I've been playing around with BikeCad, thinking about randonneuring bike designs. I've been fascinated with randonneuring bikes for a few years now, since I started reading Bicycle Quarterly. They seem an excellent option for a wide range of riding, including commuting to work, since a little carrying capacity goes a long way and having a handlebar bag would be super convenient for all sorts of things, liberating me from carrying a backpack for my work clothes, for example, and allowing me to carry more clothing option on certain rides. Fatter tires would be quite nice on the rough roads often encountered around here, and the rolling resistance of performance-oriented 650b/42mm tires has been proven in tests published in Bicycle Quarterly to be quite acceptable. Additionally, Cara wants to do a loaded tour, and while a randonneuring bicycle isn't optimized for a loaded tour, it's far better for that purpose than a traditional racing bicycle.
BikeCad is a wonderful tool for geometry tinkering since it handles all of the self-consistency issues, balancing microscopic parameters like tube angles and lengths with macroscopic variables like reach, stack, and trail. It's an amazing piece of work, and the pro version is widely used by small-scale custom frame builders.
To help with the geometry determination, I superposed a screen shot from BikeCad onto a photo I took of my position a few years ago. I flipped the photo to match the BikeCad camera position (this can be changed in the Pro version). I set the scales to match the tire diameter: BikeCad reported the tire diameter for the bike (670 mm) and I knew the value from my bike based on rollout tests (671 mm). Curiously the 650B wheels with 42 mm tires end up very closely matched to 700C wheels with 25 mm tires.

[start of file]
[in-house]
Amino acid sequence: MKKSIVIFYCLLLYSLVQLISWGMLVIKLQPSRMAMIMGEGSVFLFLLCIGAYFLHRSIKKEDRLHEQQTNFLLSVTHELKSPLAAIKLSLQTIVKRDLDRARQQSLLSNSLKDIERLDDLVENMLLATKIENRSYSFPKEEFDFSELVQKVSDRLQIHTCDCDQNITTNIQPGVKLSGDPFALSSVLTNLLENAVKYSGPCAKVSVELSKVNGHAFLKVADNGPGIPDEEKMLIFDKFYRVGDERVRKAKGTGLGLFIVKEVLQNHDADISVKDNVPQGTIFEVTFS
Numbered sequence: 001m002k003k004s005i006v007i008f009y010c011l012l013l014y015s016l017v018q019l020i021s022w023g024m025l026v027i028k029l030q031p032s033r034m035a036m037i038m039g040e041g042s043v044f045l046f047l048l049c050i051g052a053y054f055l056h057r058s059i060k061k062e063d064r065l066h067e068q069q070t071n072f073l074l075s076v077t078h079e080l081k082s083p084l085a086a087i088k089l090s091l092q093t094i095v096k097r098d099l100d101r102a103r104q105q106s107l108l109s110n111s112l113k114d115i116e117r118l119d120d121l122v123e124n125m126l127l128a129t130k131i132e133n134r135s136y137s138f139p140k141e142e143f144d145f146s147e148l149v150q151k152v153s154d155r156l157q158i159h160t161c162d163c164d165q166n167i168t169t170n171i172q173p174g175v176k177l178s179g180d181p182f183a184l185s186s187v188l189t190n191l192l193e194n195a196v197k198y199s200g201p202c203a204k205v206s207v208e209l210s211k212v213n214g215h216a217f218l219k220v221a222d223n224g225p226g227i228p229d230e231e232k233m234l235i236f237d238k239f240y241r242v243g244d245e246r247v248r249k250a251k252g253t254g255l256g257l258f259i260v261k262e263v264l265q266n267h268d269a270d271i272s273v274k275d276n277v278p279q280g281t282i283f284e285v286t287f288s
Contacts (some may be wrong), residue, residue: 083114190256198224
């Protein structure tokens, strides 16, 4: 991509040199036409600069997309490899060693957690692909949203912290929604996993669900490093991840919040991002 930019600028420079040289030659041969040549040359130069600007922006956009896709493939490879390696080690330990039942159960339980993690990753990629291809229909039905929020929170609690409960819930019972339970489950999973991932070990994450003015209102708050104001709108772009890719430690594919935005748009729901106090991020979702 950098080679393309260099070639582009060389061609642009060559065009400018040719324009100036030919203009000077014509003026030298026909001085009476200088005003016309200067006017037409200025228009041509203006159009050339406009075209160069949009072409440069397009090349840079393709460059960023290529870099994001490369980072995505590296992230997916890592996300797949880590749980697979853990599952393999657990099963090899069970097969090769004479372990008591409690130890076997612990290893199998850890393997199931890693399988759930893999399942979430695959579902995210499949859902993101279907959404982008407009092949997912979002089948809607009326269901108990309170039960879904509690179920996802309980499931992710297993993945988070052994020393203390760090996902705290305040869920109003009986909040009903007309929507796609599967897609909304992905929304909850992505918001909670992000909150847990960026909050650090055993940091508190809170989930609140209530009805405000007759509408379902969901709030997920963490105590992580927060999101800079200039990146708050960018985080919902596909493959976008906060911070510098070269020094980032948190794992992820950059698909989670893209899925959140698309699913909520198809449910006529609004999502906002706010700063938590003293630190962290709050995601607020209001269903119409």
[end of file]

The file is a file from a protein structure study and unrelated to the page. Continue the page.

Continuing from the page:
Here's the result:
The handlebars in the BikeCad model are a bit of a strange shape (this is adjustable), but at the time I was running my brake hoods on the Fuji fairly high, and curiously my bike design ended up with the brake hoods in approximately the same position. The new bike, however, offers a much higher position on the tops. Despite a much roomier design, the position on the hoods on the two bikes would be fairly similar. The position on the drops would be more relaxed on the randonneuring bike, though. That's fine: it's not designed for riding crouched in a pack of racers.
Still, randonneuring bikes traditionally have very little saddle-to-bar drop, and this one still has a substantial one. Is this just a cultural/retro thing, or is it due to rational basis? Honestly I can see moving my hands up a few cm but going to a drastically relaxed position makes little sense. Randonneuring bikes are still performance-oriented, just for longer distances and carrying small loads. There would be some compromise in loaded touring but I don't immediately foresee that being the primary application: there's no way I'd want to commute to work on a touring bike, so if I had to pick one, it would definitely be to compromise on the touring aspect.
Gravel racers are becoming popular but it seems randonneuring bikes are fairly well optimized for "adventure rides". The only issue there is the fenders, which can become clogged with dirt, but for gravel roads this isn't a big problem.
Randonneuring bikes have a lot of other historical associations, like generator hubs and Brooks saddles. Modern rechargeable LED lights are great: I have no desire for a generator hub (if anything, a generator would be useful for charging my electronics, not powering lights). And racing saddles work fine, even for ultramarathon races.
One aspect I'm willing to yield to retro-riders is downtube shifters. These work fine and are lighter and simpler. A fraction of a second lost in shifting is bad during mass-start races but for what I'd plan to use this bike for it's not an issue.
For brakes: cantilever brakes seem fine. Center-pulls exist which can wrap around fenders, but cantilevers are simple and light and by accounts I've read work well except for the possible issue of setting toe-in.
Anyway, it's quite possible my views on these aspects will evolve.